Room 203 Luce Hall
Monday 12:00-1:30pm

The 2008-2009 Leitner Political Economy Seminar is directed by Ana De La O.

Fall 2008

September 8
Andrea Vindigni, Princeton University
“A Theory of Military Dictatorships”
schedule meeting

September 15
Alexandre Debs, Rochester University
“War! Who Is It Good For? The Relationship Between Regime Type, the Fate of Leaders and War”

September 22
Lisa Blaydes, Stanford/Harvard Academy
“Counting Calories: Democracy and Distribution in the Developing World”

September 29
Ken Scheve, Yale University
“The Conscription of Wealth: Mass Warfare and the Demand for Progressive Taxation”

October 6
Philip Hoffman, Caltech
“Why was it that Europeans conquered the rest of the world? The politics and economics of Europe’s comparative advantage in violence?”

October 13
Brian Fried, Yale University
“The End of the Closed Corral: Understanding the Decline of Clientelism in Brazil”

October 20
Sarah Bermeo, Yale University
“Foreign Aid, Foreign Policy, and Strategic Development”

October 24 (Friday)
4:00 P.M. - Luce Hall, Room 202
Adam Przeworski, New York University
“Democracy, Choice, and Participation”
Download background paper: Przeworski, Adam and Covadonga Meseguer. 2005. “Globalization and Democracy.” In Pranab Bardhan, Samuel Bowles, and Michael Wallerstein (eds.), Globalization and Egalitarian Distribution. Princeton: Princeton University Press.

October 27
Alberto Simpser, University of Chicago
“Unintended consequences of election monitoring: theory and empirics”

November 3
Michael Ross, UCLA
“But Seriously: Does Oil Really Affect Democracy?”

November 10
Ben Olken, NBER/ Harvard Society of Fellows
“Direct Democracy and Local Public Goods: Evidence from a Field Experiment in Indonesia”

November 17
Dennis Quinn, Georgetown University
“The Economic Origins of Democracy Reconsidered”

November 24 - Fall Break

December 1
Paul Lagunes, Yale University
“In Democracy it Pays to be Rich: Wealth’s Effect on Mexican
Legislators’ Responsiveness”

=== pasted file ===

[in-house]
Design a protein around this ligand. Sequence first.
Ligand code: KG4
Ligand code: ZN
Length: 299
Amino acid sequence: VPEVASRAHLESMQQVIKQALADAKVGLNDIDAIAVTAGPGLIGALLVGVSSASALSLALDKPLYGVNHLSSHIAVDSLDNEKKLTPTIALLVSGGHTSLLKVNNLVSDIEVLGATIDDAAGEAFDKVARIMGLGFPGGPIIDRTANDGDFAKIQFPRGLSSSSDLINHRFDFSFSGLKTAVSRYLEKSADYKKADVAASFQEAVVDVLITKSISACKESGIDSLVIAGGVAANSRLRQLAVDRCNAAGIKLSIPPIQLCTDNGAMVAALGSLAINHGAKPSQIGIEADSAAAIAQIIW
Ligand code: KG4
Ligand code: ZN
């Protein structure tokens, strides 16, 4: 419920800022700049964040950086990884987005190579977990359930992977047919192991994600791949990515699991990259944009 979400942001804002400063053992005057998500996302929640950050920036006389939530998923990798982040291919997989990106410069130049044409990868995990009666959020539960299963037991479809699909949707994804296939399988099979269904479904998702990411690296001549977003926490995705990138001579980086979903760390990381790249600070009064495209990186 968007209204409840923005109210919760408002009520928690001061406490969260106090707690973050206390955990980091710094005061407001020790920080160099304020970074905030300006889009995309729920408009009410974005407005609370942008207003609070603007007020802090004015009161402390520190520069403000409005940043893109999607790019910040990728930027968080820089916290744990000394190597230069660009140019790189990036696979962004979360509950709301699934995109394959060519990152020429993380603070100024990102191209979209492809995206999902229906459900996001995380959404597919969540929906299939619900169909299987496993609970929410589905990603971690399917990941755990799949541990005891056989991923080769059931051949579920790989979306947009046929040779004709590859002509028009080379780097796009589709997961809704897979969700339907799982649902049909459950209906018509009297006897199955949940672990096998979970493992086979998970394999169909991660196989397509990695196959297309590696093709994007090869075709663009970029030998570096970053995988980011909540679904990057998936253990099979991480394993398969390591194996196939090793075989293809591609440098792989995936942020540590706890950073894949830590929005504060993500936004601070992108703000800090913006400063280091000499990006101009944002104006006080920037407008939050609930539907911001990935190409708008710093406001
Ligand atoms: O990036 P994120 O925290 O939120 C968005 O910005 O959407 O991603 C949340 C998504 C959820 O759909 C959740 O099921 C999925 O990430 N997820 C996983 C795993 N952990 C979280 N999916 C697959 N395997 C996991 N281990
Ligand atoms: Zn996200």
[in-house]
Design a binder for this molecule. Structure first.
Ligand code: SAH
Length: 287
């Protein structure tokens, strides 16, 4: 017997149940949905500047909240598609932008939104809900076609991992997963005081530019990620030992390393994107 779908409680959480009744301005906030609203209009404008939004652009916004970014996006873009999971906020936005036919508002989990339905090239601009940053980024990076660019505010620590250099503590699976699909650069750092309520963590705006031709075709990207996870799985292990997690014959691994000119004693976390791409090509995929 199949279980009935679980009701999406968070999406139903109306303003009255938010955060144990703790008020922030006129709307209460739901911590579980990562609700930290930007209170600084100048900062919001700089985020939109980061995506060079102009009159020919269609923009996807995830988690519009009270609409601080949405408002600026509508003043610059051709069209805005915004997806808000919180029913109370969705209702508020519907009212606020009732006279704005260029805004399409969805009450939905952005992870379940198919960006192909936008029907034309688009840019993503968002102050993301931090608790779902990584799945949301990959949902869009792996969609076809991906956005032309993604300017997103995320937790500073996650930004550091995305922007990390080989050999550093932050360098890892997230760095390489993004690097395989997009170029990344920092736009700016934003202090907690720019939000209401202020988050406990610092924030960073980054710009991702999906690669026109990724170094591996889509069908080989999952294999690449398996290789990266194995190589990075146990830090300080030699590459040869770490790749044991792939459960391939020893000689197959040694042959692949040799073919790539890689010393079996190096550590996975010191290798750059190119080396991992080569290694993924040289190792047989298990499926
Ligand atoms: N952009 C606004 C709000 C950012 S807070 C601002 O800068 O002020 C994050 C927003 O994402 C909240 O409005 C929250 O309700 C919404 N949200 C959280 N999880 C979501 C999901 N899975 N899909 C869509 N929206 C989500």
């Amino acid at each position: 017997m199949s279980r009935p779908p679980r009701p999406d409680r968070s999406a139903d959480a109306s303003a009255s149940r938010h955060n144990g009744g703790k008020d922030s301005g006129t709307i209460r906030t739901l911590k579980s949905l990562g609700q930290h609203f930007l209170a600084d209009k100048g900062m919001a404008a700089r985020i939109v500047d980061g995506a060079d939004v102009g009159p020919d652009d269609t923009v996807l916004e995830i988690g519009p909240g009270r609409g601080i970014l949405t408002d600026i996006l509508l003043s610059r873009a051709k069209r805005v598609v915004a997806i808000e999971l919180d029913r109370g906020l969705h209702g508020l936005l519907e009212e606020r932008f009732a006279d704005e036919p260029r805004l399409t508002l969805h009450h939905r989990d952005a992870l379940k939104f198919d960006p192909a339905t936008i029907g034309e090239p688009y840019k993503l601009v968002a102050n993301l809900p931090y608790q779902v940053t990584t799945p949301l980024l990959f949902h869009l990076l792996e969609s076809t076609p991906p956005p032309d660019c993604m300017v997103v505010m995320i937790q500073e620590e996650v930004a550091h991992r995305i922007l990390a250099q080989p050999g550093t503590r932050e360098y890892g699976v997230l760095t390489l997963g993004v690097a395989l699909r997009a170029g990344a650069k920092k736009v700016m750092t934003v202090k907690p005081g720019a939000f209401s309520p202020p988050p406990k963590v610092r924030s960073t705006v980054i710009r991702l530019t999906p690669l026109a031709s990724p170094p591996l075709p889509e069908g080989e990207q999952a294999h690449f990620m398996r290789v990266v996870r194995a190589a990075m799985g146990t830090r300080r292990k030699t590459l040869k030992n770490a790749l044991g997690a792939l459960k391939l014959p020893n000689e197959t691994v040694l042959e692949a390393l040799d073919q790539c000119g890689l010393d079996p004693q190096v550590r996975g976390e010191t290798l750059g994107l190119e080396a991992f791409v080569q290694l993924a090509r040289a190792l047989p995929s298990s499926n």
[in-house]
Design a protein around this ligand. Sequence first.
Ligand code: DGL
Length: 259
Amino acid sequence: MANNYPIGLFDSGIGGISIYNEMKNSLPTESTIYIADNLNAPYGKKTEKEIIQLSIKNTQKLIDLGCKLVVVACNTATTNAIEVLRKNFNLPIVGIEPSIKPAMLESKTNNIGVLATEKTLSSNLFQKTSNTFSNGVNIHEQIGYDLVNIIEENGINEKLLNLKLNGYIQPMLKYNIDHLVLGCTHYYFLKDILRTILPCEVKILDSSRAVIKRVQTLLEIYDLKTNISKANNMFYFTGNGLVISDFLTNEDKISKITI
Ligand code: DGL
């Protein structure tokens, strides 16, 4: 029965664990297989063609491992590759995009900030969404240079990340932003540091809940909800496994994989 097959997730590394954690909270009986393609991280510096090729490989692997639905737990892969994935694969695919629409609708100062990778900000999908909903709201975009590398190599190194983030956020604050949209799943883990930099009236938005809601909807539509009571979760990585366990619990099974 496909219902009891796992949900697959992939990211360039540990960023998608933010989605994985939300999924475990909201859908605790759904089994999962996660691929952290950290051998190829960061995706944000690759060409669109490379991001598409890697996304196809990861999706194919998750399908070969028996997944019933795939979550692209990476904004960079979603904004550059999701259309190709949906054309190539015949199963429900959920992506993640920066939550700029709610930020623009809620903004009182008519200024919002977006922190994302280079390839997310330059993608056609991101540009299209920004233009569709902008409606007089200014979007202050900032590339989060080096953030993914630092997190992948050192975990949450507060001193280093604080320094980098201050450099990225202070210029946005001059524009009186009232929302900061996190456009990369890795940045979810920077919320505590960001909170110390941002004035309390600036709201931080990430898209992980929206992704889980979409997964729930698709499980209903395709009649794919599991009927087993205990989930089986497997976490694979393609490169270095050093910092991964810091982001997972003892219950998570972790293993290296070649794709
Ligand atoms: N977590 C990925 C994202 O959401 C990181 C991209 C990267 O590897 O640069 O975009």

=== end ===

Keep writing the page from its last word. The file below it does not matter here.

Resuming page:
Spring 2009

January 12
Dan Butler, Yale University
“Why do Republicans Treat Jake Better than DeShawn?”

January 19 Martin Luther King

January 26
Mariano Tommasi, UDESA/IADB
“The Making of Policy: Formal or Informal Arenas?”

February 2
John Roemer, Yale University
“The Ethics of Intergenerational Distribution in a Warming Planet”

February 9
Kathleen Thelen, Northwestern University and and Duane Swank, Marquette University
“Institutional Change and the Politics of Social Solidarity in Advanced Capitalist Democracies”

February 16
Leonid V. Peisakhin, Yale University
“Does Information Disclosure Reduce Corruption? Evidence from Field-Experiments in India”

February 23
Kyohei Yamada, Yale University
“National Politics and Local Institutions: Explaining the Beginning of a Two-Party System in Contemporary Japan”

March 2
Jonathan Rodden, Standford University
“Why the Democrats Need Boll Weevils and Blue Dogs:
The Distribution of Political Preferences across U.S. House”

March 9 Spring Break

March 16 Spring Break

March 23
Ryan Garcia, Yale University
“Mandatory National Service and Civic Engagement”

March 30
Orit Kedar, MIT
“Coalition-Targeted Duvergerian Voting: How Expectations Affect Voter Choice under Proportional Representation”

April 6
Ethan Siller, Yale University

April 13
Juan Rebolledo, Yale University
“Unfinished Business: The Political Economy of Subnational Democracy”

Friday, April 17, 12:00 Noon
Norbert Schady, The World Bank
“Conditional Cash Transfers: Reducing Present and Future Poverty”
Room A002, 77 Prospect Street
(This is a co-sponsored seminar with the Council on Latin American Studies)

April 20
Guillermo Rosas, Washington University in St. Louis
“Non-ignorable abstentions in roll-call data analysis”

April 27
Justin Fox, Yale University
“Judicial Review, Policymaking, and Voter Welfare”



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